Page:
Former Stockbridge City Administrator Ray Gibson
Government leaders in Stockbridge are looking for a new city administrator. The Stockbridge City Council has scheduled a special called meeting for Thursday, at 3 p.m., to discuss who will follow the man who previously held the position, Ray Gibson.
Gibson left the post at the end of last week, according to City Clerk, Nicol Vasquez. “I’ve been told he is gone,” said Vasquez, “that information, I believe, may be given on Thursday.”
Stockbridge Mayor Lee Stuart confirmed Gibson’s departure, late Tuesday.
A Henry County Superior Court judge has agreed with Stuart that council members acted illegally, when they extended Gibson’s contract in March.
Joe Cloud, an attorney at the Hecht Walker law firm which represents Stuart, emphasized the mayor did not fire Gibson, but the ruling by Superior Court Judge Wade Crumbley deemed the City Council’s extension of Gibson’s contract was not executed legally.
“[Gibson’s] term of office ended, by contract on March 30,” said Cloud. “The judge ruled that his contract wasn’t extended properly, and that his term in the office ended on March 30.”
Stuart said the purpose of the called meeting is for the city council to consider two nominees he suggested for the position in the spring, Dr. Bruce S. Sutton, of Provo, Utah, and Cheryl Harrison-Lee, of Eatonville, Fla.
“The judge has made a ruling, and we’ve got to comply,” said Stuart.
Sutton is a certified fraud examiner and a certified business manager, as well as a former city manager in Utah. In 2011, Sutton initiated a forensic audit of the Stockbridge government. At that time, he claimed there were financial irregularities in the municipality. Those claims were later deemed to be without merit.
Harrison-Lee is a former assistant city manager for Daytona Beach, Fla., and Titusville, Fla. She also is a former chief of growth management for Orlando, Fla., and has worked as a city administrator in Eatonville, Fla.
The mayor attempted, in March, to nominate Sutton and Harrison-Lee for the city administrator job, but councilmembers rejected Stuart’s efforts because Gibson held the administrator post at the time.
“They said there was no vacancy, but the judge said there is,” said Stuart, on Tuesday. “I would hope they would give professional consideration to [the nominees].”
In March, the Stockbridge City Council voted to extend Gibson’s contract through Dec. 31, 2013. At that time, Stuart said the council failed to follow the Stockbridge charter requirements. Those requirements, said Stuart, include a college degree from an accredited college or university, supplemented by at least 10 years of administrative and managerial experience in local government, or any equivalent combination of education, training, and experience which provides the requisite knowledge, skills, and abilities for the job, according to the city’s charter.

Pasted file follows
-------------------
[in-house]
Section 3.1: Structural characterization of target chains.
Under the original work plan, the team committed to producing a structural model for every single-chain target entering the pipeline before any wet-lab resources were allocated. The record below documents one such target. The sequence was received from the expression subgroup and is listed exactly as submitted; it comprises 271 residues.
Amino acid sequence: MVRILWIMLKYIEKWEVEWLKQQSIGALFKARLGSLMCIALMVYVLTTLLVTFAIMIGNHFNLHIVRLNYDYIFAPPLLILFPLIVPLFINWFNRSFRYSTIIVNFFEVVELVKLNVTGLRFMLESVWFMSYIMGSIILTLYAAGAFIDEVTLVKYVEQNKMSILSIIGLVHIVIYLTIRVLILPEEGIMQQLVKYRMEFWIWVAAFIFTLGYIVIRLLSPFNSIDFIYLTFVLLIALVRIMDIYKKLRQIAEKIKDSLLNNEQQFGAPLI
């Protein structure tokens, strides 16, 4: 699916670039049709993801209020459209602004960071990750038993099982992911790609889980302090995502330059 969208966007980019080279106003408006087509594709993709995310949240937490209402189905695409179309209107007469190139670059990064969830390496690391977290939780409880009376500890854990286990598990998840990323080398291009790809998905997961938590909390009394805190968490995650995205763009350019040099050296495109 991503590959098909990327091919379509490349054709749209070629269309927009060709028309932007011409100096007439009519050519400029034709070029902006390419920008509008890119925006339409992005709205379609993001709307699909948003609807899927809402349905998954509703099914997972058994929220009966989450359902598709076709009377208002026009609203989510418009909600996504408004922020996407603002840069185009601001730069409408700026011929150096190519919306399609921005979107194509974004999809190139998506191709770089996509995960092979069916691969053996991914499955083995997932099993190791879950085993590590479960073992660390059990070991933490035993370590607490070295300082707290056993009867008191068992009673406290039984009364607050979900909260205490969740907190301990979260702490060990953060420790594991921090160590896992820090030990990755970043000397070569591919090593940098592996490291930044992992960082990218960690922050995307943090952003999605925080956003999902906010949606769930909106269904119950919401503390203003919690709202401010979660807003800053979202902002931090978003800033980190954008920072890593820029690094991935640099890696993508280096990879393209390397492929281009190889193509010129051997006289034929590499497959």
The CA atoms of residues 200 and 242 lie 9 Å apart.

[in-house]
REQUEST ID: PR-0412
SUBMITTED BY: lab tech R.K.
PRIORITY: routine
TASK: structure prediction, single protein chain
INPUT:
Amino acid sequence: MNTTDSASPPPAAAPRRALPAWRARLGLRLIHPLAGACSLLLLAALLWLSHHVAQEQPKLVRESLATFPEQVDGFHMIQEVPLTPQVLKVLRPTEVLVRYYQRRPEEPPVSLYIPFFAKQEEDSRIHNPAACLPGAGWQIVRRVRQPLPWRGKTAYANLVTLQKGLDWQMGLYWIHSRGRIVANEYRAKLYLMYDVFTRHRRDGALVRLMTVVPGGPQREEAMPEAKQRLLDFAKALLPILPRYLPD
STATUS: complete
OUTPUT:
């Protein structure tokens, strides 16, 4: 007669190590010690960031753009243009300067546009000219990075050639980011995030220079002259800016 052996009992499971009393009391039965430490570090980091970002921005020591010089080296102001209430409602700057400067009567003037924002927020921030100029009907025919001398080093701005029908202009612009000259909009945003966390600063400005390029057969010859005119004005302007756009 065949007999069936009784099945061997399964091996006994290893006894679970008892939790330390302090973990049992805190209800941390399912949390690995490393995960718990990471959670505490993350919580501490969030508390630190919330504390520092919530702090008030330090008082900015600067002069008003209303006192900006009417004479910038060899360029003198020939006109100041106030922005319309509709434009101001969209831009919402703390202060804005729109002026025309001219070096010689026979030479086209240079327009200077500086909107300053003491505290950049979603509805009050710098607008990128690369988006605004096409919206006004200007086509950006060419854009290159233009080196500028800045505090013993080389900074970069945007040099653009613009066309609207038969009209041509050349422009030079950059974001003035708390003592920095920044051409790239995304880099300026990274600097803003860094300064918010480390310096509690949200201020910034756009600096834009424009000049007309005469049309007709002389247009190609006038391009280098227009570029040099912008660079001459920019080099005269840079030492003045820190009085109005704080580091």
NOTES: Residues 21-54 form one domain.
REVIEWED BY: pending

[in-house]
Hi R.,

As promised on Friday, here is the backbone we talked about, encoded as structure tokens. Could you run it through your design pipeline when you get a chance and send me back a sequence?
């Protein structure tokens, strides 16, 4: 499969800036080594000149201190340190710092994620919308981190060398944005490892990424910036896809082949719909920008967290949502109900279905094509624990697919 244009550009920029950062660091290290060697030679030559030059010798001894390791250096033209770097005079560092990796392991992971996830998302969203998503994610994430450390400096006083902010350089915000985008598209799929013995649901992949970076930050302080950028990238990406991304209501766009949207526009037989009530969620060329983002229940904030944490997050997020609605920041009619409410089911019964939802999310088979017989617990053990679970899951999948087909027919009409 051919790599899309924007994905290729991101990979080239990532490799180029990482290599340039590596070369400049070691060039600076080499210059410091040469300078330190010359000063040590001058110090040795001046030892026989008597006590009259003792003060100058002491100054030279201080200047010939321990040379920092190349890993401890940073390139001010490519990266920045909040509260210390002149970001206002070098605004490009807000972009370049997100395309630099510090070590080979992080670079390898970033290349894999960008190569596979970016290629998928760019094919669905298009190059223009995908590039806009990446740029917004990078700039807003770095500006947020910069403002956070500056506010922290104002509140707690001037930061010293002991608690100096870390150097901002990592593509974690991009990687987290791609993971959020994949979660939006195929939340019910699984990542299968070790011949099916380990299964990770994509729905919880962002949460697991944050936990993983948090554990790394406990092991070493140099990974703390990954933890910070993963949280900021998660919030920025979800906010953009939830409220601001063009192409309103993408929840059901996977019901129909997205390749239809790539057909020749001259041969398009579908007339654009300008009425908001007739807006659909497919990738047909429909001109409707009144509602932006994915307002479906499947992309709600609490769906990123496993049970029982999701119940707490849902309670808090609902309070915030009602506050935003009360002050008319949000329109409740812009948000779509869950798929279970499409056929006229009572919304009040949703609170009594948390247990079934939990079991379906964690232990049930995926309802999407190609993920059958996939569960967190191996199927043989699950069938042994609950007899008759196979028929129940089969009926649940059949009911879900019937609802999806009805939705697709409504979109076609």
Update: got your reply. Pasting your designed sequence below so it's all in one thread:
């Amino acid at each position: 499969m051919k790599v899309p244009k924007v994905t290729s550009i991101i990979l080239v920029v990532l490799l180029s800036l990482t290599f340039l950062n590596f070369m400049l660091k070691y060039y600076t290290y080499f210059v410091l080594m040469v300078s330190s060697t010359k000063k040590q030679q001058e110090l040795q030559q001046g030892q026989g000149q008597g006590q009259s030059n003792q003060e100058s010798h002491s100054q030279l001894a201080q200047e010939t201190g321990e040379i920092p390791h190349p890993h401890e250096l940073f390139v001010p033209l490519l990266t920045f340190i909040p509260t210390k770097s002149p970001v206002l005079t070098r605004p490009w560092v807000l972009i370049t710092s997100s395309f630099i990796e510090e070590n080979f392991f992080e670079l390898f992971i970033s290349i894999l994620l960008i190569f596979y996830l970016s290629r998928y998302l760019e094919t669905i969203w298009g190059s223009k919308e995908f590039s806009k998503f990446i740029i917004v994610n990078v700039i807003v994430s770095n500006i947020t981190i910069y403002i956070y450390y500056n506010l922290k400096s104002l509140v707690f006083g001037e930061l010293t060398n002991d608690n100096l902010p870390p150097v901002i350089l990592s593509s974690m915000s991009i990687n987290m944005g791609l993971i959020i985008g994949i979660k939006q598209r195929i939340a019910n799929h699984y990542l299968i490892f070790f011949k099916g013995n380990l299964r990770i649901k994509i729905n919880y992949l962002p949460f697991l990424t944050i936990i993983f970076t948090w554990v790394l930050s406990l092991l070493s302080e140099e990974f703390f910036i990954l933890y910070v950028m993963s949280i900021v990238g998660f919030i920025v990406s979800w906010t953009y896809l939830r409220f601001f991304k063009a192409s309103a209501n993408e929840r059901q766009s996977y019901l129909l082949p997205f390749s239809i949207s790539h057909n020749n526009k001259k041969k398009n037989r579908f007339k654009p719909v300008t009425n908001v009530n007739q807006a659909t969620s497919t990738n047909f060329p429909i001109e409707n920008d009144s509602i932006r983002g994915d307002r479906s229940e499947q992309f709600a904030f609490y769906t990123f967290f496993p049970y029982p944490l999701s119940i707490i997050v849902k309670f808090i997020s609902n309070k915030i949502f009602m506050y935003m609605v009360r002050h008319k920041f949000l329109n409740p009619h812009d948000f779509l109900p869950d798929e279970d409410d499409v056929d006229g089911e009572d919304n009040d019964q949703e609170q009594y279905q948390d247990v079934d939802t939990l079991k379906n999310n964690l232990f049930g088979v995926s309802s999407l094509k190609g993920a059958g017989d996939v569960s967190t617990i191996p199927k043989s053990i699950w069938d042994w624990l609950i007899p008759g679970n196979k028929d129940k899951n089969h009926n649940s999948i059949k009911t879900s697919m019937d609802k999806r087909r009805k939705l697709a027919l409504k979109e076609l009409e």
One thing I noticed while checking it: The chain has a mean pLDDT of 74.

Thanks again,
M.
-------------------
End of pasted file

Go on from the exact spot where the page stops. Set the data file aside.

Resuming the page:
Gibson, 40, of Hamilton, Ontario, Canada, had been City Administrator since May 2, 2011. He worked in the Henry County Planning & Zoning Department, from July 2002 to December of 2009, serving as the Director of Planning & Zoning for four of those years.
Stockbridge City Councilman Richard Steinberg said Crumbley’s decision has rendered the extension of Gibson’s contract “null and void.” Steinberg noted Crumbley has denied a request for an appeal in the case because a final ruling in the case is not expected until next month.
“We were enjoined from taking any action regarding Mr. Gibson until the final ruling is issued,” said Steinberg. “In the absence of a final ruling, we are precluded from doing anything.
“I’m disappointed,” Steinberg continued. “The majority of the members of the council are disappointed. We don’t believe the judge looked at, or considered, all of the evidence that was required to make a proper decision. We clearly respect Judge Crumbley, and will honor his decision. We are moving forward in the process to hire another city administrator.”
Cloud added that Crumbley, in May, added Gibson as a party to a lawsuit filed by the mayor against the City Council.
“The judge wanted him added as a party, because his employment was at issue,” said Cloud. “The city attorney agreed.”
Cloud said Crumbley ruled in favor of the mayor when he issued an interlocutory injunction. “It’s a temporary injunction until we can have a final hearing,” said Cloud. A review of the nominees offered by Stuart is consistent with the judge’s ruling, he added.
City Attorney Jack Hancock did not comment on the judge’s ruling Thursday and could not be reached for comment Tuesday. Also, Gibson’s attorney, Patrick Jaugstetter, could not be reached for comment.